Removing Leaves from A Winter Pool Cover
Once the water has been removed, you can go about removing the remaining leaves. If you can, let them dry a bit. It is much easier to remove dry leaves because they don’t stick to the cover material like wet ones.
The two tools to use for wet or damp leaves are a brush and a rake. For a brush, you can use your regular pool brush. In a pinch, any large broom with nylon bristles will do. If the pool cover is sunk slightly below the pool deck, just try to get all the leaves into a pile at the edge of the pool. You may have to get in there and remove the pile with your hands. For a safety cover that is taught and level with the deck, you should be able to sweep them right off. If you use a rake, try to get one made for pool covers. They aren’t that expensive, and they protect your cover, which is much more costly. In a pinch, you can use any rake with plastic tines. The less sharp, the better. The main danger is from tears.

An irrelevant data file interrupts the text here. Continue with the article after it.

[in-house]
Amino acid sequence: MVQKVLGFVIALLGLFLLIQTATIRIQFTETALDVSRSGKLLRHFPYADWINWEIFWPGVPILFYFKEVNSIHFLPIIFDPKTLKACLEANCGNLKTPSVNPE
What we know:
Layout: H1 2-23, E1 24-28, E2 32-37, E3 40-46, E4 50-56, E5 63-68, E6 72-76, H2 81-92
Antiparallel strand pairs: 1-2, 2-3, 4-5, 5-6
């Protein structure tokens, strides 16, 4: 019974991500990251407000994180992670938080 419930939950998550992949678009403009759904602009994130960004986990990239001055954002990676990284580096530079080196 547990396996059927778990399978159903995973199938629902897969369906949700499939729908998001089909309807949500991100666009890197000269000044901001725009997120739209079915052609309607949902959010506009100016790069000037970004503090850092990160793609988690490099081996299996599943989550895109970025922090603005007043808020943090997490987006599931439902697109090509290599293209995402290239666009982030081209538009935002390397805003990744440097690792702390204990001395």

If your leaves are completely dry, you can use a leaf blower to direct all the leaves off your cover. This is one of the quickest and easiest ways to clear your pool cover. However, it is only effective when the leaves are really dry.
Help Cleaning A Winter Pool Cover
The Pool Butler offers year-round service. Even when your pool is closed, we’re here to keep it healthy and safe. That means regular pool cover cleanings. We have all the tools and the know-how, and you can leave the whole process up to us. Contact us today to learn more and receive your free estimate.